Today we packed up and headed for our first day of cycling with the entire rig headed to Lyon. Unfortunately we miscalculated a bit which made this a bigger adventure than we had planned. Getting out of Beaune with the loaded trailer was our first challenge. Beaune has a little town center that is enclosed by a big one-way circular route around it. Of course our road out of town was ¾ of the way around the circle, so we decided to go through town to avoid the heavy traffic on the circle. What a zoo!!
We did finally make it to the open road and had a great ride except for the rolling hills, and the headwind, which killed our speed for the day (15.8kph or 9.8mph). In the late afternoon about 80k (50 miles) into our ride we began to worry about our progress and tried to pick up the pace. By 6:00pm we stopped and called our hotel to say we'd be late. At about 8:00 we finally gave up and called our hotel to tell them we wouldn't make it to Lyon that night. We had covered 116k (72 miles) in 7:18 minutes of riding and after studying the maps again we had discovered that we still had another 70k (43 miles) to go to Lyon. It turns out we were off by a factor of 2 in our original distance calculations. We thought we only had an 80k trip, but it was actually 160k (100 miles).
After a few frantic moments we found a little roadside hotel in a village called Cormoranche. Even though they were closed for holiday they let us stay the night. I think they took pity on us standing there near dark, obviously tired, with the next nearest hotel miles away.
All in all other than going further than we would have liked on our first day out, it was a pretty good day. Messing up our itinerary wasn't any big deal because there wasn't anything to see in Lyon anyways. It's just a big town that we were going to stay the night in. Instead we stayed in a little village in the country.
This morning we got up for an early ride only to discover it was raining and very cloudy from horizon to horizon. Boy am I glad we found a hotel and didn't camp out! Because we were already a day behind, and the owners of the hotel had left on holiday with instructions for us to lock-up on the way out, we put donned our rain-gear and headed out for Lyon. The rain here isn't cold like the rain in Colorado, so riding in the rain isn't too bad. We also have lots of special gear just for rain. We each have Gortex rain suites, the bag for the trailer is waterproof, and we wrap the suitcase we carry on top of the trailer in a rubberized rain pancho, and our REI panniers are also fairly waterproof. After 4 hours of riding in the rain the only problem was that my camera case got a little damp, but not enough to damage the camera. So the only thing we need to change is to ensure that everything in the panniers are in plastic bags.
After arriving in Lyone we "jumped" a train to Avignon to catch up with our itinerary. "Jumping" on a train may sound like the easy way to go, but imagine putting an 18-foot long tandem bike and trailer rig onto an RTD bus. That's not counting the stairs and the tiny, crowded passages in the stations.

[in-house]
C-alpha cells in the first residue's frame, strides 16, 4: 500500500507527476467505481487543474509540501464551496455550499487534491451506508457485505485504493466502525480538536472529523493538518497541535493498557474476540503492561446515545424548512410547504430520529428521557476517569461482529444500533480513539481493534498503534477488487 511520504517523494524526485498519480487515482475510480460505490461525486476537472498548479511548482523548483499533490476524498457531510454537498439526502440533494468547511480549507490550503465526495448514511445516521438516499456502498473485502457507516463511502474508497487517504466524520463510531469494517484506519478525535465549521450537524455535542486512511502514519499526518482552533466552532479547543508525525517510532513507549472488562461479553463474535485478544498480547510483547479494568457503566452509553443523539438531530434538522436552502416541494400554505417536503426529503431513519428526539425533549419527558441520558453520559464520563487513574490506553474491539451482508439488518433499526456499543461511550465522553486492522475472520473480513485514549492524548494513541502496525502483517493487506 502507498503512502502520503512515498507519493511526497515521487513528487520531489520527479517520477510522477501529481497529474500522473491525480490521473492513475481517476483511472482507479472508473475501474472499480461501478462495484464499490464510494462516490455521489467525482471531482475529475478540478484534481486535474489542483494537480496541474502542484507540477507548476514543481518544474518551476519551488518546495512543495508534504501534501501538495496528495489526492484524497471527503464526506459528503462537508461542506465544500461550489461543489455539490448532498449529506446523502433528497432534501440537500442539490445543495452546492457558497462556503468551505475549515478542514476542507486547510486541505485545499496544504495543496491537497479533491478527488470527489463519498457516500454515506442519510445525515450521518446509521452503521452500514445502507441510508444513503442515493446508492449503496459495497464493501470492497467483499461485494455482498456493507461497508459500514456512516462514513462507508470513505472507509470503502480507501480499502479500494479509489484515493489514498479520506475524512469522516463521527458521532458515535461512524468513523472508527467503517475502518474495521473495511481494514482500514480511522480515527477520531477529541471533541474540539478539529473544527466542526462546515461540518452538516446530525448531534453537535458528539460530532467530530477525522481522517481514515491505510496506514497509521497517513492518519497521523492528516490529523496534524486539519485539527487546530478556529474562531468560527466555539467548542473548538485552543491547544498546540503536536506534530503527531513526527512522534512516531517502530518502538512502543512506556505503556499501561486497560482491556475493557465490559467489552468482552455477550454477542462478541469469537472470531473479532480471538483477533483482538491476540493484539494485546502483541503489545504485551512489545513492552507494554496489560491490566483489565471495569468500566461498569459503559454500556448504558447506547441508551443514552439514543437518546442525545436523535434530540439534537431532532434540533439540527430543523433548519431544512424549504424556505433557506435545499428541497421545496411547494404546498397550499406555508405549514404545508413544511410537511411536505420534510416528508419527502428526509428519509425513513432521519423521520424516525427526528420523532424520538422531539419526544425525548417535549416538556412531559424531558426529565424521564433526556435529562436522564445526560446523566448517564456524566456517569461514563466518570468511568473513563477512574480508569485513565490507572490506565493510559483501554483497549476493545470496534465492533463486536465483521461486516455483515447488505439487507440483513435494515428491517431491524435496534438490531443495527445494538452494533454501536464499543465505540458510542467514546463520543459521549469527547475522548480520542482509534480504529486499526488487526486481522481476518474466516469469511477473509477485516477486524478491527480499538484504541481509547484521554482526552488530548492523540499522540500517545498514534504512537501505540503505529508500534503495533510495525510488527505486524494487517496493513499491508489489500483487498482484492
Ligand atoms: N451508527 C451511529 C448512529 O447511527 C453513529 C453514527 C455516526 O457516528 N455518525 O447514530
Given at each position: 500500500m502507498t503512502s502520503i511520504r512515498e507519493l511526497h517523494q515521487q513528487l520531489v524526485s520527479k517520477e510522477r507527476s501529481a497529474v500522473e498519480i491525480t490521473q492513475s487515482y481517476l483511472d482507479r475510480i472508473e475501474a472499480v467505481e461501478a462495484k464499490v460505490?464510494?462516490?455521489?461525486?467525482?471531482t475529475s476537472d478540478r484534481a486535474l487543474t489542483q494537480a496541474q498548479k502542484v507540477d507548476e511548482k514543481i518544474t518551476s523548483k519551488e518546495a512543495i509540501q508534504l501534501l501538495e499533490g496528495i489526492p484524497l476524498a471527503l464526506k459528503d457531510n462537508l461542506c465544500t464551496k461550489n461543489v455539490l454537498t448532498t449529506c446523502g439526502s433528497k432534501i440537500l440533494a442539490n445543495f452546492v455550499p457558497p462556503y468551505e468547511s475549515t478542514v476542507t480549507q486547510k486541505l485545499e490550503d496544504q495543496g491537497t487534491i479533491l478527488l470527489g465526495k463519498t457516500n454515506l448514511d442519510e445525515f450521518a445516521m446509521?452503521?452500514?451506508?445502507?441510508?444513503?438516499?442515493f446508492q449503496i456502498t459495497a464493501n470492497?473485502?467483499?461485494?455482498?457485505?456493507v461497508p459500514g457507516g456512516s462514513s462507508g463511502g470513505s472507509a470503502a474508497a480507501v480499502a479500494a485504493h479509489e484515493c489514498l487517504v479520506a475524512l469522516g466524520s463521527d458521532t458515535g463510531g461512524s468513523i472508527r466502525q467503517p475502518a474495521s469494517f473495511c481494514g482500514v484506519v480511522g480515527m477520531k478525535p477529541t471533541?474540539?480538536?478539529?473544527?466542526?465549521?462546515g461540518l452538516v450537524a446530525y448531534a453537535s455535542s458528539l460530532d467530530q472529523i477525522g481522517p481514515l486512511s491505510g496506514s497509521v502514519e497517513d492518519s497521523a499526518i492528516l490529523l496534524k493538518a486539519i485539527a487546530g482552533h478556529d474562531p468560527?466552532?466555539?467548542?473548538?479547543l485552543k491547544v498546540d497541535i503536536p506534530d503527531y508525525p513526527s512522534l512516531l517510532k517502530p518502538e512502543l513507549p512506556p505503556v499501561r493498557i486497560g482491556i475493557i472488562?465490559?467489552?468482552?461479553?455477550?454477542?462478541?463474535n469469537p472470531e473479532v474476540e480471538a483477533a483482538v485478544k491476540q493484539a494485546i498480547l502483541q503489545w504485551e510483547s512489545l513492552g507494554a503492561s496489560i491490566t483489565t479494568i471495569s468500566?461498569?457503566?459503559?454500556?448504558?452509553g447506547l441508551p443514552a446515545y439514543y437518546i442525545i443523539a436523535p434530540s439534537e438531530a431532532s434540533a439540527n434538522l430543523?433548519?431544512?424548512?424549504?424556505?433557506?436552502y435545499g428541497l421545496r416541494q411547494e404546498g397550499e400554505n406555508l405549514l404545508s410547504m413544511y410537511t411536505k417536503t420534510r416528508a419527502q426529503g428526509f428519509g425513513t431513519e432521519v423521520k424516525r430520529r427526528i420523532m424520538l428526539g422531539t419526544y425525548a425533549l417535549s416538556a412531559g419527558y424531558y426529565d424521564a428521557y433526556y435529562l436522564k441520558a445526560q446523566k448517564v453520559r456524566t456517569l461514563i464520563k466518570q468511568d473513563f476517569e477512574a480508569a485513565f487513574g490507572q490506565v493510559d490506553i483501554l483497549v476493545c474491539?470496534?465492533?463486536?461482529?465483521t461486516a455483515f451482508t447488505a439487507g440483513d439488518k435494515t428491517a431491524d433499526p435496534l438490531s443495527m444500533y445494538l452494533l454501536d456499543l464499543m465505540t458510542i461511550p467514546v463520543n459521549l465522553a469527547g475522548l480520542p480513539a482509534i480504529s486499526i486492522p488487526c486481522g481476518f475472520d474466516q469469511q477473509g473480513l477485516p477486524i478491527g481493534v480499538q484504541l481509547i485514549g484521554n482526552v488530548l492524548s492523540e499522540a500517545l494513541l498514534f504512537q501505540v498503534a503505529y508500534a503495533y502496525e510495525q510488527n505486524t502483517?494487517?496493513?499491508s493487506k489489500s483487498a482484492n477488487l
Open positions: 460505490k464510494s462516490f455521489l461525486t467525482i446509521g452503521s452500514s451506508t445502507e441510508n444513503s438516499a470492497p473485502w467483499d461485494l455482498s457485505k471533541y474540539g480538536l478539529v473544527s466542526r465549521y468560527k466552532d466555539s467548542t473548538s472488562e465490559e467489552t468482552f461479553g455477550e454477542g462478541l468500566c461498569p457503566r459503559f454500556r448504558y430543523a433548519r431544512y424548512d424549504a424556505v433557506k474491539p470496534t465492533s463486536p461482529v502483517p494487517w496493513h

When we got to the Lyone station it didn't look too bad. It's a nice modern station that looks very effficent for moving lots of people carrying no more than a briefcase. To get to the stairs you ride up an escalator, work your way through a crowded little hallway, down a flight of stairs to the crowded platform. Since our rig rolls well and is very self contained when it's put together I decided to take the entire rig - trailer and all - up the escalator, through the hall, and down the stairs to the platform. What an adventure!!! I only wish Dorothy could have taken a picture of me, and the reaction of the people around me. However she was helping with crowd control, and acting as a backup to manage the speed as we went down the stairs.
Then we had to get on the train! First we unhooked the trailer, unloaded the suitcase and the panniers. Dorothy then loaded the bags, and I stood watch. Next I loaded the bike standing it upright on it's rear wheel so it only takes about the space of one person. I also discovered that bungee cords help fasten the bike to the anything near the ceiling of the train, so I don't have to hold it the entire trip.
Once we got to Avignon and found our way to the hotel, we ran into another little adventure. We had a beautiful room on the second floor of an old maze-like hotel with a very small lobby, and no storage who's entrance was on a steep cobble stone hill with lots of traffic. It would be very quaint and nice if we didn't have an 18 foot long rig with us! We ended up unraveling all the gear across the street in a little plaza, and making a bazillion trip across the street, and up to the room, as one person stayed with the stuff on the street.
After a long hot shower, we had a very nice dinner where we met 2 very nice American couples. We ended up talking the night away with them because they were the first people we had found that we could hold a decent conversation with in two weeks
After sleeping in late, we got out and made a whirl wind tour of Avignon. If we return to this region, this is the city we will make our base. There are lots of things to see in Avignon because it was the Pope's home for centuries before the Vatican moved to Rome. Avignon is also in the heart of the cool mountainous part of this region.
However instead of staying in Avignon, decided to stick to our itinerary, and head for Aix-en-Provence. With the last few days of adventure, and the long distance we had to cover, we took the day off from cycling and "hopped" on another train to Aix-en-Provence where we will stay for a few nights. In Avignon Darlene our travel agent put us into a wonderful four-star hotel that has a garage to store the bike!!! When we got in we wandered the hotels gardens and bounced into town for a quick bite before settling down to read and write for the evening.